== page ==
There Are Some Fights U*Us Can't Win. . . Even If U*Us Had All The Fire Power U*Us Needed. . .
Here is my complete point-by-point response to a thoughtful and thought-provoking blog post titled 'The Limits of Force' on Rev. Christine Robinson's "less than perfect" but probably not "less than excellent" iminister blog. I posted only the first part of it as a comment to that thoughtful blog post to spare Rev. Robinson from having to decide whether or not to delete aka "memory hole" my response to her thoughts.
:There are some fights you can't win. Even if you had all the fire power you needed (however you define fire power in your particular fight), if you used it, you'd destroy something too precious to you to make it worth it.
Of course one does not always realize this before one decides to fight. . .
:So even though you might have every right to fight, you don't fight. Even though you really need what you might win in a fight, you don't fight. If you're angry and feel threatened, you master yourself and you don't fight.
:This is a very hard lesson. But most people have to figure out how to learn it.
Unfortunately it is not always possible to predict which fights are "unwinnable" or, even if they are "winnnable", will take much more time and effort to fight and win than one initially thought when one decided it was necessary and/or worthwhile to fight.
:Most nations have to figure it out, too.
The so-called "U*U World" has to figure it out too. . .
I'm still waiting for the U*Us at 25 Beacon Street in Boston, and at the Unitarian Church of Montreal, to figure out that they can't win the fight that they started with me and have dragged out for over a decade now. . .
:There are some fights in which no amount of force will get you what you want, need, or have a right to.
Or don't have a right to. . .
Some foolish people fight for things that they want but have little or no right to.
:You have to get those things in a slow, roundabout way. Sometimes the other party has to come to exactly the same conclusion.
Sometimes the "other party" deliberately makes things slow and "roundabout", as in far from "straight" if U*Us catch my drift, in order prevent people from obtaining what they want, need, and have a perfect right to. Can U*Us say "institutional stonewalling and denial"?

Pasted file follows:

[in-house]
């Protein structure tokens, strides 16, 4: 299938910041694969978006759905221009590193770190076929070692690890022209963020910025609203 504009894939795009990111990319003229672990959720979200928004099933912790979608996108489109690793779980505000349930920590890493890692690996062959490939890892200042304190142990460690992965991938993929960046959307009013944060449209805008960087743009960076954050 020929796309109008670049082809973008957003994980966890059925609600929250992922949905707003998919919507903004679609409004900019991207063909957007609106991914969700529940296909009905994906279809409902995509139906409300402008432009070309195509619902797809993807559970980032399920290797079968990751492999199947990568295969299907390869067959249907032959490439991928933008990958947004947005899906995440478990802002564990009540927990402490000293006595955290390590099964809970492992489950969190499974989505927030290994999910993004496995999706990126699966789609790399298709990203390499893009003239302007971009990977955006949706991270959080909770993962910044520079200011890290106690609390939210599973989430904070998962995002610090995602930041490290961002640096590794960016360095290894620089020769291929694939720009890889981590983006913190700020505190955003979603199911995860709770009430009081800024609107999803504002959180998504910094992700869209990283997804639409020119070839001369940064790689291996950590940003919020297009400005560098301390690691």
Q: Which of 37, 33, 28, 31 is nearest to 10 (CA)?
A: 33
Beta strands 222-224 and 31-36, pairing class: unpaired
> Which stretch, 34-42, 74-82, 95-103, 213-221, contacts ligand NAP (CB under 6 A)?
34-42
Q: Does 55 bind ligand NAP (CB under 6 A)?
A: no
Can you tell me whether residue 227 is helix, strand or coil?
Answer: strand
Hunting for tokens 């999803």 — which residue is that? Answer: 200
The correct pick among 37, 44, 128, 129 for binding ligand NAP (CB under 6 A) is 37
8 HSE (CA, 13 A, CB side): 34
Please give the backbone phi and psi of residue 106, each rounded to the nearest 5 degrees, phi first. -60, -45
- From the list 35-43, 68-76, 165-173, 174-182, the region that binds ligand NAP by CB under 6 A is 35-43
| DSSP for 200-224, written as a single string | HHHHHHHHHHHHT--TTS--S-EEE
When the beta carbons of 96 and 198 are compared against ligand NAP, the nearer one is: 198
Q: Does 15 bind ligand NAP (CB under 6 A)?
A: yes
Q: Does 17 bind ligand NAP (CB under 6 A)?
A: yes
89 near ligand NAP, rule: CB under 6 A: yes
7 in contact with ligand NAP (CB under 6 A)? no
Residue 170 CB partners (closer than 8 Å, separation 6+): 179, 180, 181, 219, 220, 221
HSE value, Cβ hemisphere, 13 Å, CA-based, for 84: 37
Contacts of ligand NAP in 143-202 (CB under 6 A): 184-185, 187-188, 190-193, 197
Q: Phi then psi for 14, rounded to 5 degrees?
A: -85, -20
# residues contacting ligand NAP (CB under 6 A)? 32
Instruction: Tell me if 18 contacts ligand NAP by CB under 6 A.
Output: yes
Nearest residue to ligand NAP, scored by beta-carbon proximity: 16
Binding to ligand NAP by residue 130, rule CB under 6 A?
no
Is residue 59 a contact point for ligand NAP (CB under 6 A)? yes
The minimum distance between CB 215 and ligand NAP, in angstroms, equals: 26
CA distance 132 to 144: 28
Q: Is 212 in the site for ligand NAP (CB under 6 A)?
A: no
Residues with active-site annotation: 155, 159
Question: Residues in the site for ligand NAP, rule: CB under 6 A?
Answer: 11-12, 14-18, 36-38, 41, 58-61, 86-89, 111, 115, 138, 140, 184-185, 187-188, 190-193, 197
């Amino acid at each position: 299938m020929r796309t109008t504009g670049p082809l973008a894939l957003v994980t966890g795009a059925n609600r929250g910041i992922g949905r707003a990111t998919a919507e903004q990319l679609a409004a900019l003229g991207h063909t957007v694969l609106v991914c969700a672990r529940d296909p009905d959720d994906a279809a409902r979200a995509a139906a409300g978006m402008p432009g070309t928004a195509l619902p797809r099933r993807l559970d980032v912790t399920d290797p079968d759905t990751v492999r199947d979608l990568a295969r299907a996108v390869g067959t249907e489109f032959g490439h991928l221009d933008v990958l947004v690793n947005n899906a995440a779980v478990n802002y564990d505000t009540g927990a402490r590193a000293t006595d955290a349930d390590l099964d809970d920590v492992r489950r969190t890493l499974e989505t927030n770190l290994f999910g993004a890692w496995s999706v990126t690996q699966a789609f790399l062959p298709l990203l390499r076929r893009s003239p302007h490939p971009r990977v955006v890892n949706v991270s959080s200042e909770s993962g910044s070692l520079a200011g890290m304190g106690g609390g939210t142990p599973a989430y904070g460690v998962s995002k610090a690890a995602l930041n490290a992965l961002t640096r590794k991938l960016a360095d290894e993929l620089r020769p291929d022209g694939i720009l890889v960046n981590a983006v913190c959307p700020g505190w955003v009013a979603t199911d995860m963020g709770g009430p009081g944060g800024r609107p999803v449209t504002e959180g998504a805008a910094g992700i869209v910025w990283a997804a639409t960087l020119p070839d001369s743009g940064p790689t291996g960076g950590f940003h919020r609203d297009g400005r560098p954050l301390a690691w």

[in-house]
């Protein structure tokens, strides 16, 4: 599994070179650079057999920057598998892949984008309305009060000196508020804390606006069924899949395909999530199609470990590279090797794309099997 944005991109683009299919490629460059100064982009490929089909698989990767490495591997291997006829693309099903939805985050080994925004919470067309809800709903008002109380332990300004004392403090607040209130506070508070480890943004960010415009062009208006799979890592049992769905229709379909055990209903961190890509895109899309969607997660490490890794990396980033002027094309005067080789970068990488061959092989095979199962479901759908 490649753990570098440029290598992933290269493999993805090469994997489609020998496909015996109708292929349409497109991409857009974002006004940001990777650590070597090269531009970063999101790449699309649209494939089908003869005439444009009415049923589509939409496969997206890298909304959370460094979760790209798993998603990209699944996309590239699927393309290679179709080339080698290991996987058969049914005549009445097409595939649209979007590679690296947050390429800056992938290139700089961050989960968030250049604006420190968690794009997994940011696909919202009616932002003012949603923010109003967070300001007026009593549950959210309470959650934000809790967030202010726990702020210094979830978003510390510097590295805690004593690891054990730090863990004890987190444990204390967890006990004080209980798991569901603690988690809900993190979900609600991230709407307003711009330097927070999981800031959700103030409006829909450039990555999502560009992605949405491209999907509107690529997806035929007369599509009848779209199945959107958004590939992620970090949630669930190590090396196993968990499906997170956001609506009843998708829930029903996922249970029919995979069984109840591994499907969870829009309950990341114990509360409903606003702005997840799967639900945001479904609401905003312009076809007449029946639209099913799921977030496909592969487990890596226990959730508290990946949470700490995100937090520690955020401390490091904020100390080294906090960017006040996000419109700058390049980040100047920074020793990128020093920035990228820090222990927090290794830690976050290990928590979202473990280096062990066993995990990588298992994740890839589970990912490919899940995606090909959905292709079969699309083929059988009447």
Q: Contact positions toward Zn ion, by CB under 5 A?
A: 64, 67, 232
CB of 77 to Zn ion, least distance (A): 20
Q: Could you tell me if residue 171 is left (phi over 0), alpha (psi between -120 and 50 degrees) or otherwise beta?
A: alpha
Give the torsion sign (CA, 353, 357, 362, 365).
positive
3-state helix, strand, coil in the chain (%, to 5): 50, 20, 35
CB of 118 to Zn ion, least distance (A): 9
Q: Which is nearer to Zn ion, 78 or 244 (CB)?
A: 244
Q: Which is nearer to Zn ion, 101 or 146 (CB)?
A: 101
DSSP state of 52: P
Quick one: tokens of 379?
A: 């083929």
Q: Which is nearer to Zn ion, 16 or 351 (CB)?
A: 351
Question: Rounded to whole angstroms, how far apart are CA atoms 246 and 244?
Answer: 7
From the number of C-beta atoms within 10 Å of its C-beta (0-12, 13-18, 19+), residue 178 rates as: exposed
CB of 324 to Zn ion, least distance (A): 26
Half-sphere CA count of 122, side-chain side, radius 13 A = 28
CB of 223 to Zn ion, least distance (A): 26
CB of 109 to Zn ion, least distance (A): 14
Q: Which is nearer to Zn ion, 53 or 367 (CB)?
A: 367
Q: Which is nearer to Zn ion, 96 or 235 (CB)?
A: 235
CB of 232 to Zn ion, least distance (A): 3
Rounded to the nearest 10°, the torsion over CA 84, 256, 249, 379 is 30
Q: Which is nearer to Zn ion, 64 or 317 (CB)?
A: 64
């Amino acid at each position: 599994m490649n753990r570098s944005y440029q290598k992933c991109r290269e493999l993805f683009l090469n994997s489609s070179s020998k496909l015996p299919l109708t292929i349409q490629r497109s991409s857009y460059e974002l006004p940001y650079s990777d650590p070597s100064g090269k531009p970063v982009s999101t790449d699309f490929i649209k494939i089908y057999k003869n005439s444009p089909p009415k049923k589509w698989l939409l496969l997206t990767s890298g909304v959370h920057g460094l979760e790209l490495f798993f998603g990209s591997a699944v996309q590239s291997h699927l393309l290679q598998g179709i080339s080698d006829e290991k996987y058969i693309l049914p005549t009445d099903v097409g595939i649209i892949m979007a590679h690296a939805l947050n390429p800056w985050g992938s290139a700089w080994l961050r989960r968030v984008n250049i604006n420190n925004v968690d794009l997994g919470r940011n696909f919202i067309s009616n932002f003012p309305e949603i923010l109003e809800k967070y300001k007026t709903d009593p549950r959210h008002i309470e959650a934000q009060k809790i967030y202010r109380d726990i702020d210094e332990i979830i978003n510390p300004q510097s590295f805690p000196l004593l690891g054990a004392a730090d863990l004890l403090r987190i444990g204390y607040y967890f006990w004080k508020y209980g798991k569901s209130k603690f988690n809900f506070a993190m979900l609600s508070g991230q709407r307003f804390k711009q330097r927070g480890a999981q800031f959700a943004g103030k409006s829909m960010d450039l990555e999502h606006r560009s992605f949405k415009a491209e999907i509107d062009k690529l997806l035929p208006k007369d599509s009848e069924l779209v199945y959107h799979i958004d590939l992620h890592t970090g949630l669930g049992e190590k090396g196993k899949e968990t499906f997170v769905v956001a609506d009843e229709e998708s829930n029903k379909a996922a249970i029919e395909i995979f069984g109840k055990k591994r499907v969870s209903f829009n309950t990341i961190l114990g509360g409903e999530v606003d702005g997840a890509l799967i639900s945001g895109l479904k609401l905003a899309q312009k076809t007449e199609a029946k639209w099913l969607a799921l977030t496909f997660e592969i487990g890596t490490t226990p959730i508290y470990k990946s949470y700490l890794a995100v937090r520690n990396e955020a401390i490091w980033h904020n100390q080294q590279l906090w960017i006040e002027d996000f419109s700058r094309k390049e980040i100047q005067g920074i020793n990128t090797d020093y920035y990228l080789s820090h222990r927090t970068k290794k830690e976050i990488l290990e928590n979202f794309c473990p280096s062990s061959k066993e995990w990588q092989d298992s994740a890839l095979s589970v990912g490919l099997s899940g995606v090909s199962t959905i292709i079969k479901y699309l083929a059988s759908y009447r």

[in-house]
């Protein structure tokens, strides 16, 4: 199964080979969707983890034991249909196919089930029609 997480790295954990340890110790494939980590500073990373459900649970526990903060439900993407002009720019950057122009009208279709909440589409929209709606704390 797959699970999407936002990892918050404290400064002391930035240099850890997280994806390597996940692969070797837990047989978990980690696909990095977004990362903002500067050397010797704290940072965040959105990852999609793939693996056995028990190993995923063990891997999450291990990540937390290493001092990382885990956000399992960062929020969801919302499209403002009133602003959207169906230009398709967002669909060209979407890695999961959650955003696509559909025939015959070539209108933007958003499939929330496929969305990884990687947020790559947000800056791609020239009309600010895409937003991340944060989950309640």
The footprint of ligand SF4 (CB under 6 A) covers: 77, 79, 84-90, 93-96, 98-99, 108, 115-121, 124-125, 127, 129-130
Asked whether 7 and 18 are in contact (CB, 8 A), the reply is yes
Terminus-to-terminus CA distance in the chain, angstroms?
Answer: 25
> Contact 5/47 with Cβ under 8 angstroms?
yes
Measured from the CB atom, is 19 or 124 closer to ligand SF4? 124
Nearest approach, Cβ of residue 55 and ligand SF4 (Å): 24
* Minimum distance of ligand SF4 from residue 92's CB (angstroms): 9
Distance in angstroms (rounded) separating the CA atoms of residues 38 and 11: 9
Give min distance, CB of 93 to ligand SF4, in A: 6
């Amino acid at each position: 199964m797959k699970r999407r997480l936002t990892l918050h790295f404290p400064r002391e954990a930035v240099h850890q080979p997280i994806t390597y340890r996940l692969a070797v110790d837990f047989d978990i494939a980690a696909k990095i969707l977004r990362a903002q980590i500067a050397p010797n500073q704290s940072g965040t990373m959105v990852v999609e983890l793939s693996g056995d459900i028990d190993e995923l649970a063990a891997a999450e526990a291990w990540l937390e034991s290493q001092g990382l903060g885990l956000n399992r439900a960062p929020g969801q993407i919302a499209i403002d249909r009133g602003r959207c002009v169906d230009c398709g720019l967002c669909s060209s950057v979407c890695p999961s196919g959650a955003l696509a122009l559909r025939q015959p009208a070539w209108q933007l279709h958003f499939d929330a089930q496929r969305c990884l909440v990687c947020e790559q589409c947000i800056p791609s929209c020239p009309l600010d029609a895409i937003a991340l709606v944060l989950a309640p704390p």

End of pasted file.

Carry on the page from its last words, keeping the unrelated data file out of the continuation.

:It is usually perfectly obvious to bystanders when someone has started to destroy themselves in their quest to get what they need.
Well that is certainly true of bystanders in the vicinity of suicide bombers. . . It is less obvious to bystanders in other cases. That being said, both sides in a conflict often partially destroy themselves in their quest to get what they need, or indeed need like a hole in the head. . . Does the UUA really "need" to harbor and protect "less than excellent" U*U ministers are guilty of unbecoming conduct, or even worse forms of clergy misconduct, when it is perfectly obvious to virtually every "bystander", U*U or otherwise, that *someone* has started to destroy their credibility to say nothing of their reputation?
:It is rarely as obvious to the involved parties.
Apparently not. . .
Our little war of words would have ended over a decade ago if U*Us at 25 Beacon Street in Boston and the Unitarian Church of Montreal had stopped to think about how they look to "bystanders".
:And because the calculus of when, exactly the use of power becomes detrimental to the powerful is a very personal calculus, only the involved parties can actually know where the line is.
I guess U*U COP flunked calculus or something. . .
Come to think of it, I was never big on calculus myself. ;-)
:It's hard to watch.
Oh I don't know Rev. Robinson. I know a good number of "bystanders" who think that it is outright hilarious to watch. . .